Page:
She’ll be selling and signing copies of 199 Cemeteries to See Before You Die as well as an earlier title, Wish You Were Here: Adventures in Cemeteries Travel. Her talk begins at 2 p.m. and admission is free. It’s part of the Cypress Lawn Heritage Foundation lecture series. The cemetery is located at 1370 El Camino Real in Colma. See her website for more info.

Shown above is the Egyptian Revival Gate at the Grove Street Cemetery in New Haven, Connecticut. It was her “Cemetery of the Week” for August 8, 2018. The photo is from Wikimedia Commons.

Steampunk marching band? Yup, that’s now a thing as the Spartanburg High School Marching Band in South Carolina plans a steampunk-themed performance for the 2018 season. “The show is meant to tell a story about inventors and inventions,” writes Adam Orr in the Spartanburg Herald-Journal. “The first movement will feature voiceovers and explain the aim of the performance, highlighting all the aspects of design while unveiling visual elements. The second movement will feature visuals and machines that don’t work quite right.” In the third movement, the students tinker with the machines and pull it all together. The band’s director describes the performance as “by far the most ambitious thing we’ve done.”

Esmerelda’s Steampunk Circus is happening this month at the Los Angeles County Fair, with performances by the Vernardo Circus and Cirque Mechanics. The Press Enterprise in Riverside has a brief report and slide show. The fair runs Wednesdays through Sundays until September 23 at the Fairplex, 1101 W. McKinley Ave., Pomona, CA 91768.

 Conquer the Skies

David Stark, aka Zarkonnen, has released Airships: Conquer the Skies, a real-time strategy video game in which players build airships that do battle with one another. From the description: “Ships ram and push against each other and boarding parties use grappling hooks to invade enemy ships. Below, giant landships move on legs and tracks. Nature has its own terrors: sky krakens with tentacles that grab and devour crew, house-sized spiders and horse-sized spiderlings, dragons to fear and tame.”

Manoel Garcia and Antonio Marcelo posted a detailed and highly positive review on IndieWatch. “Buy this game,” they write. “It is all we expected for this style, as it explores the steampunk theme very well with a touch of H.G. Wells, Julio (sic) Verne, and other Victorian writers.”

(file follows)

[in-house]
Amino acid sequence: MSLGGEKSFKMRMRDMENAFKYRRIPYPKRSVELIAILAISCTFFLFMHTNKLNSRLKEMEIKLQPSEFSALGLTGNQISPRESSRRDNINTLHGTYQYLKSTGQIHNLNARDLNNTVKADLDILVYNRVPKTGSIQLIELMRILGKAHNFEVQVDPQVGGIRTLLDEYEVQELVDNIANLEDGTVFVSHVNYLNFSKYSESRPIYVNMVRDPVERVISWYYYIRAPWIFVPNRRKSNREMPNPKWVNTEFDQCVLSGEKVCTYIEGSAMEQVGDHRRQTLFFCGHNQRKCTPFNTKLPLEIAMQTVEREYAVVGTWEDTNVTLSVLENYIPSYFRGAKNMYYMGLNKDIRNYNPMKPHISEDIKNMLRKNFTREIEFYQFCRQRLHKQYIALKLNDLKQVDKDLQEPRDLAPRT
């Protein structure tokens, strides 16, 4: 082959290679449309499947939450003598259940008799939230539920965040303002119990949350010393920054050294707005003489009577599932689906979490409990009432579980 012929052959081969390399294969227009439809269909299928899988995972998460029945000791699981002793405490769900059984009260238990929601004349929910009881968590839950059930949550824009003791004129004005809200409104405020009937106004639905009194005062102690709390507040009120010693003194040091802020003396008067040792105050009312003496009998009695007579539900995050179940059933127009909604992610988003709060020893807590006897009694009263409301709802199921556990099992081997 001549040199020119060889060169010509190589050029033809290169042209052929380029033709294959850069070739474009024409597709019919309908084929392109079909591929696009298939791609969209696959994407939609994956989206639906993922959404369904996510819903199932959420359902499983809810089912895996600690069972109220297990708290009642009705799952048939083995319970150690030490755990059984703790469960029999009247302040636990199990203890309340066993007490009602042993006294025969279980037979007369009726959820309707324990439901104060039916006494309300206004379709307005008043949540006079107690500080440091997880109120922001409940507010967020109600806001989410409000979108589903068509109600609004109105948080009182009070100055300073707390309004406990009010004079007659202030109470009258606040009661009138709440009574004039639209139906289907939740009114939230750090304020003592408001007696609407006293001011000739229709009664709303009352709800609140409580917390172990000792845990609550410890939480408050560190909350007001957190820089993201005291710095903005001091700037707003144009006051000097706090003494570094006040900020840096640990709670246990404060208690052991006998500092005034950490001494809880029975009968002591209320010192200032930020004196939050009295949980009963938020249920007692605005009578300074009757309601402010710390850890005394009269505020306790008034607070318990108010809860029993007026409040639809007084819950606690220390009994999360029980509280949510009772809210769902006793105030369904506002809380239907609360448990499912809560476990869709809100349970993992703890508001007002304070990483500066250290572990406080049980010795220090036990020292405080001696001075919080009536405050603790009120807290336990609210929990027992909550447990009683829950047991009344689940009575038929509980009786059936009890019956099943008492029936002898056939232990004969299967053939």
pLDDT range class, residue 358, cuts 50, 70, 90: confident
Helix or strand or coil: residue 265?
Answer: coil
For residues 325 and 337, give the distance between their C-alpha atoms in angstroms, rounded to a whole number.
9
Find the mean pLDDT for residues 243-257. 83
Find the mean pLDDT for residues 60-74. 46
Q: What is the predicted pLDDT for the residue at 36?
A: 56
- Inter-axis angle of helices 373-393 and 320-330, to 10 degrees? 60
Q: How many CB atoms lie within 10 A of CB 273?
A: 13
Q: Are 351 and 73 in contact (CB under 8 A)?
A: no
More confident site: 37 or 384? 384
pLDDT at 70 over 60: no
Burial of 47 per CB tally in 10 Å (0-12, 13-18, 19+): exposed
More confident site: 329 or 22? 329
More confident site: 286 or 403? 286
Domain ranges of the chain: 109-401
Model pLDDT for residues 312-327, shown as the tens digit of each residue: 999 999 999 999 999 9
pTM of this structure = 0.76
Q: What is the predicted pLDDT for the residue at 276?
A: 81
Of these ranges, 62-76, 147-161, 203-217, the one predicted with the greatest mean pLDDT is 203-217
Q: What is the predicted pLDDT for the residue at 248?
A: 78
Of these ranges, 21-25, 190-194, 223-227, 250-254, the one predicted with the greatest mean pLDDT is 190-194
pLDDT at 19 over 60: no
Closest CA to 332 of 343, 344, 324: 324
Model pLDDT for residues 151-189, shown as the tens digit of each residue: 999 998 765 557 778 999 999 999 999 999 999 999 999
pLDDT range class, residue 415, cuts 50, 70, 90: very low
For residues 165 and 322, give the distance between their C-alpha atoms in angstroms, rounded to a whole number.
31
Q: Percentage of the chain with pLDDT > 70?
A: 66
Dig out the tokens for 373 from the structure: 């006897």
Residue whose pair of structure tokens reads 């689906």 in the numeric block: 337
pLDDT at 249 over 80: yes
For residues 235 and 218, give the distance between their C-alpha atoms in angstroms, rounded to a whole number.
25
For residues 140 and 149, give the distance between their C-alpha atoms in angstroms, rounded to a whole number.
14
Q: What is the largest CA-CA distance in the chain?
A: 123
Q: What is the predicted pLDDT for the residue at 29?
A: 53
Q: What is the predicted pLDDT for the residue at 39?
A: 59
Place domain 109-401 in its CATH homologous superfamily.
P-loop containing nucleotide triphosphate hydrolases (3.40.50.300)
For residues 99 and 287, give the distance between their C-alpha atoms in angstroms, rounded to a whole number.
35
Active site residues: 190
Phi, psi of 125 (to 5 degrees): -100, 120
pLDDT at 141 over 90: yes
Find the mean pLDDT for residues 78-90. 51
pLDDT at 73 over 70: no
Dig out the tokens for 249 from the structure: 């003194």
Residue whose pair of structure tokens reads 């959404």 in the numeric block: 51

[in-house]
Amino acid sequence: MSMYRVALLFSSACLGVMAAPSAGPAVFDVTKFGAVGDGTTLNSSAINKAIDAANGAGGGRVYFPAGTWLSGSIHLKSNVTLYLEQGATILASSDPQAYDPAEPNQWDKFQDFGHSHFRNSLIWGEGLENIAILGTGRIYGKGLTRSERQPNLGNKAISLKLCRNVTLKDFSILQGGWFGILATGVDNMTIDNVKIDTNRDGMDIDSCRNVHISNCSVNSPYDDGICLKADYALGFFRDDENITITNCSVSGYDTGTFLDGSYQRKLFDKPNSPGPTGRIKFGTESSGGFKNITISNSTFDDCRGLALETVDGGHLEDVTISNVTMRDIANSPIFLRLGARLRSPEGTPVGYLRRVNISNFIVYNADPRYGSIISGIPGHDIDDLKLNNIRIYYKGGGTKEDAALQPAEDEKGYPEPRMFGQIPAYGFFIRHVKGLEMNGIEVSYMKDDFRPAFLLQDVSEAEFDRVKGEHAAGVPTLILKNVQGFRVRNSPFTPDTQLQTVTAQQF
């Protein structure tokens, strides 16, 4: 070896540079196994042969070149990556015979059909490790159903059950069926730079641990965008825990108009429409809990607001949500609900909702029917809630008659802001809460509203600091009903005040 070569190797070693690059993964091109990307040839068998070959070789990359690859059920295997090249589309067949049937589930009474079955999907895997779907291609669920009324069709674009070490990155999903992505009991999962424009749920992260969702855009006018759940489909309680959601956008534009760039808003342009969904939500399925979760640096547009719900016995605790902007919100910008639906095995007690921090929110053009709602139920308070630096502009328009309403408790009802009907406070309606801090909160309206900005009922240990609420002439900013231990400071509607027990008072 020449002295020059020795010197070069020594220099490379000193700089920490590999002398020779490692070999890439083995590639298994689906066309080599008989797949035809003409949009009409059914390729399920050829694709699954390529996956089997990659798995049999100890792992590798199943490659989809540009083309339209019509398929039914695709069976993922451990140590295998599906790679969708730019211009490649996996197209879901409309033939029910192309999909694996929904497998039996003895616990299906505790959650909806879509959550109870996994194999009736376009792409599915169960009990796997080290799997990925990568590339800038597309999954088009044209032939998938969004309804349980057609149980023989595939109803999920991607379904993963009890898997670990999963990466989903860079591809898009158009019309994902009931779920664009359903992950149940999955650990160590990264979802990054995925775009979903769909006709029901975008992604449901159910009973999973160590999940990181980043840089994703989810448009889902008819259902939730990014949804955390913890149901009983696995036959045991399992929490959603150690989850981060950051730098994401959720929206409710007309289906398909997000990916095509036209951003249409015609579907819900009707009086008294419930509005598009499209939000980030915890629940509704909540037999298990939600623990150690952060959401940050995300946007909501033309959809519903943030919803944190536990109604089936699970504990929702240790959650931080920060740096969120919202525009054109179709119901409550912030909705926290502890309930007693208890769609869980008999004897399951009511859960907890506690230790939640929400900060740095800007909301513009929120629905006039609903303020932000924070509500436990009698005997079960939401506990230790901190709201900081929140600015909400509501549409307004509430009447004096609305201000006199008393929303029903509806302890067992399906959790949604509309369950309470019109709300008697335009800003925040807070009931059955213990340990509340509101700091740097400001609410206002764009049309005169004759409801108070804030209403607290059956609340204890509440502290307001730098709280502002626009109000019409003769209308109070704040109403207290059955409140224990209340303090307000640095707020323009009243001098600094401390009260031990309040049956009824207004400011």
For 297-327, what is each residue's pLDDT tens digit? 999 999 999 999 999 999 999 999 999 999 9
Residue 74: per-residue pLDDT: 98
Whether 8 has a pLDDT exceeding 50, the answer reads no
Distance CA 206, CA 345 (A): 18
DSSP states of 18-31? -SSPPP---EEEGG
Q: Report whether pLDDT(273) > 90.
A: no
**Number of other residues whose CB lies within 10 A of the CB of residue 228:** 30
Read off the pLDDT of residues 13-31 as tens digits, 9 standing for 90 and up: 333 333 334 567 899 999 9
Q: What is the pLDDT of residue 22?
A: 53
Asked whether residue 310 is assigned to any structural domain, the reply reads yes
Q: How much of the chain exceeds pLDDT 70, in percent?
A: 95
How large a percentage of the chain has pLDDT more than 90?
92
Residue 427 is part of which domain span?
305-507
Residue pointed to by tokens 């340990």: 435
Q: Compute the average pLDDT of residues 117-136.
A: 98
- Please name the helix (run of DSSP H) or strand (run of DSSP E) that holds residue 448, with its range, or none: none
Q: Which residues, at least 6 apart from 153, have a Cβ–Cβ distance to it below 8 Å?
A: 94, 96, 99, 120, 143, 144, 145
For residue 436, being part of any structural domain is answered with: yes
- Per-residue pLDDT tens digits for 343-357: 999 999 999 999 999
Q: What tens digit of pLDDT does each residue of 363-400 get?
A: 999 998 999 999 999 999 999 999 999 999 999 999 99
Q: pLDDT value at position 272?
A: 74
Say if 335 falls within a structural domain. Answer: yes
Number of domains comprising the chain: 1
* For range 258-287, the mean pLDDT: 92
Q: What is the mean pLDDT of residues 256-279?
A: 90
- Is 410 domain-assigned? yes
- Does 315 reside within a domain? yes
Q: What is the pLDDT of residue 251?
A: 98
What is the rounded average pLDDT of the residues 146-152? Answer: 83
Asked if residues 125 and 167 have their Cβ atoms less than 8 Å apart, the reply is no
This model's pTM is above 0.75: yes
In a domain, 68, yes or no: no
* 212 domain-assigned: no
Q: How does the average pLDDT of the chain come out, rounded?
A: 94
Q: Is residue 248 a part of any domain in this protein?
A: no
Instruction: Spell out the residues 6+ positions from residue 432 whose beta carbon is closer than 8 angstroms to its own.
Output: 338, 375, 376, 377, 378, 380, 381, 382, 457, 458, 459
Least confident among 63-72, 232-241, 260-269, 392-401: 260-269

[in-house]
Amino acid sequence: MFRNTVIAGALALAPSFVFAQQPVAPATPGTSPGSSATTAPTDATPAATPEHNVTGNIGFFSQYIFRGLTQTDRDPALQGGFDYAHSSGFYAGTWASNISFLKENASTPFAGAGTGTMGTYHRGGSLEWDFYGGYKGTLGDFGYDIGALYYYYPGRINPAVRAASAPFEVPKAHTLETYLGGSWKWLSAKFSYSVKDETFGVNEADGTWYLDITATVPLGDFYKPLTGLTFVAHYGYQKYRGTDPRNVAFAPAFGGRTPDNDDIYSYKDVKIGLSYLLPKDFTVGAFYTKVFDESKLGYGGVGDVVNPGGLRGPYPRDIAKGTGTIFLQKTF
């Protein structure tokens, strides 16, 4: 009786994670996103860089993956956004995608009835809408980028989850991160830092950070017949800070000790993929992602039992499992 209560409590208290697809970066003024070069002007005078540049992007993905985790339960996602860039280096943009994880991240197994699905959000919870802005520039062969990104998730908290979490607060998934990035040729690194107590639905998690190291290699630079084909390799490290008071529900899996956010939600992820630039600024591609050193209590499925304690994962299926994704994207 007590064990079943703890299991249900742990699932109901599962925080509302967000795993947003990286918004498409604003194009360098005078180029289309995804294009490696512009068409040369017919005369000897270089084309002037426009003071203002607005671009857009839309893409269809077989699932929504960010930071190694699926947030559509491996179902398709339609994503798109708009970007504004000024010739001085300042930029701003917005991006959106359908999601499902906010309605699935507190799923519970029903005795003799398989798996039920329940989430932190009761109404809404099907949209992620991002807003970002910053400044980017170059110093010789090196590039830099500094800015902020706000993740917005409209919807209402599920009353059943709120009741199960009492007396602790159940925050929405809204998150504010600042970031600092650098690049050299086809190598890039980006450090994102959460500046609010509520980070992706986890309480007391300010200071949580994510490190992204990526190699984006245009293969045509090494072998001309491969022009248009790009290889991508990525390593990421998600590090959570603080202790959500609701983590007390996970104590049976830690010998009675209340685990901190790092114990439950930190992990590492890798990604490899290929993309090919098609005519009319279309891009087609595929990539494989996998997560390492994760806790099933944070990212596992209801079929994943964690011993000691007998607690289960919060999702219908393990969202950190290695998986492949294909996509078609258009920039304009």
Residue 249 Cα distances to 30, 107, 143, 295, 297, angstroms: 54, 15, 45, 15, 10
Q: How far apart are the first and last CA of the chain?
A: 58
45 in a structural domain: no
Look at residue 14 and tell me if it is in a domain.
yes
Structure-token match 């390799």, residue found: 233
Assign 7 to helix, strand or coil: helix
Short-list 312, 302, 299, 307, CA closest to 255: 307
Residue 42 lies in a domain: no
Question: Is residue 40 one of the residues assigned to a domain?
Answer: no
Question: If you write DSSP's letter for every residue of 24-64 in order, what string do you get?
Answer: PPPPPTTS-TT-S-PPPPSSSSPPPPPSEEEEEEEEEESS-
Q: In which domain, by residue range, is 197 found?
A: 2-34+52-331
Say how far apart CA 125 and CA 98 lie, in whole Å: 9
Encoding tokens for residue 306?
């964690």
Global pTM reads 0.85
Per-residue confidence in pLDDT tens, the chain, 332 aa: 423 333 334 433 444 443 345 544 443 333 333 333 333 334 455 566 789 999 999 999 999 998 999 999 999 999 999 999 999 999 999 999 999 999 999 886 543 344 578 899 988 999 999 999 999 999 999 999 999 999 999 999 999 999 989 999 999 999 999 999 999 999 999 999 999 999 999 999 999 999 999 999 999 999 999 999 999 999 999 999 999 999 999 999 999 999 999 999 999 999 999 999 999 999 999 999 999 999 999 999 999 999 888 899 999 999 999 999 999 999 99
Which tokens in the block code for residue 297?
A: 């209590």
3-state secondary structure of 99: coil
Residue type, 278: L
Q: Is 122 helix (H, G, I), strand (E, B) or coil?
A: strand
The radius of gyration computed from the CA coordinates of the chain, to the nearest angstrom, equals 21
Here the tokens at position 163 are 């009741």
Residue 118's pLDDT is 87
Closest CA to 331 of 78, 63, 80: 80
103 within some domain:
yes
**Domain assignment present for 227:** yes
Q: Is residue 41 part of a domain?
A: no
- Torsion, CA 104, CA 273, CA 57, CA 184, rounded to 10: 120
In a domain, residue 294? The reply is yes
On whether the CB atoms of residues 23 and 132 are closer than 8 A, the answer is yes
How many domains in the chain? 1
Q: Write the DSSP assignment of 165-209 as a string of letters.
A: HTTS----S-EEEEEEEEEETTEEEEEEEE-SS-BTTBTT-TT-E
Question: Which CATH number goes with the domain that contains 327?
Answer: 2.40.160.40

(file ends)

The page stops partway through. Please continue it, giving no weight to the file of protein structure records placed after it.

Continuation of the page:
It’s available on the Steam platform for Windows, Macs and Linux. Price is $14.99, or $19.98 for a version that includes a soundtrack. See the developer’s website for more info.

Author Michelle Lowe plans a Sept. 20 release for Legacy-The Underground, the third in her six-part Legacy steampunk fantasy series. From her description: “After years on the run, Pierce Landcross is ready to leave Europe altogether and start a new life with his family and his soulmate, Taisia. The plan to flee, however, is postponed the instant his estranged older brother, Joaquin shows up! Joaquin has fallen seriously ill, and the only way to save him is for Pierce and Taisia to travel with him to Scotland and locate a certain demon with the power to take back what belongs to it.” The quest also involves an illegal whisky brewer and the infamous Hellfire Club. Pre-orders are available now. She’s hoping to release the fourth book by year’s end. See her website for more info.

Cthulhu is Hard to Spell

Comic book author Russell Nohelty is seeking Kickstarter funding for Cthulhu is Hard to Spell, a “comic anthology with thirty-five awesome stories about Lovecraftian gods and monsters, from fans to fans.” One of the stories is “The Marriage Counselor” by Madeleine Holly-Rosing, known to steampunk fans as the author of Boston Metaphysical Society. Her story is illustrated by MJ Massey. The campaign launched on Sept. 4 and runs through Sept. 27. As of Sept. 12, it had raised $21,326 of its $21,666 goal. See the Kickstarter page for more info.

Also on Kickstarter: Valentine Wolfe is seeking Kickstarter funding for “The Haunting of Mary Shelley,” a forthcoming album inspired by the 200th anniversary of Frankenstein. Based in Greenville, South Carolina, Valentine Wolfe is a duo that describes its music as “Victorian Chamber metal.” The campaign launched on Sept. 6 and concludes Sept. 27. As of Sept. 12, they had raised about $2800 of their $3000 goal. See the Kickstarter page for more info.

We reported previously that wildfires forced postponement of a Steampunk Day at the Railway & Forestry Museum in Prince George, British Columbia. The event was to include an art show, so local retailer Ridge Side Art has stepped in to host a Steampunk Virtual Art Display & Competition. Photos of 25 pieces are posted on a Facebook event page and the store’s Instagram page. You can vote for your favorite by liking or loving the photo. You’re limited to one vote on either Facebook or Instagram (if you vote on both, it’s counted once).

Reporter Frank Peebles of the Prince George Citizen has a story about the virtual art show.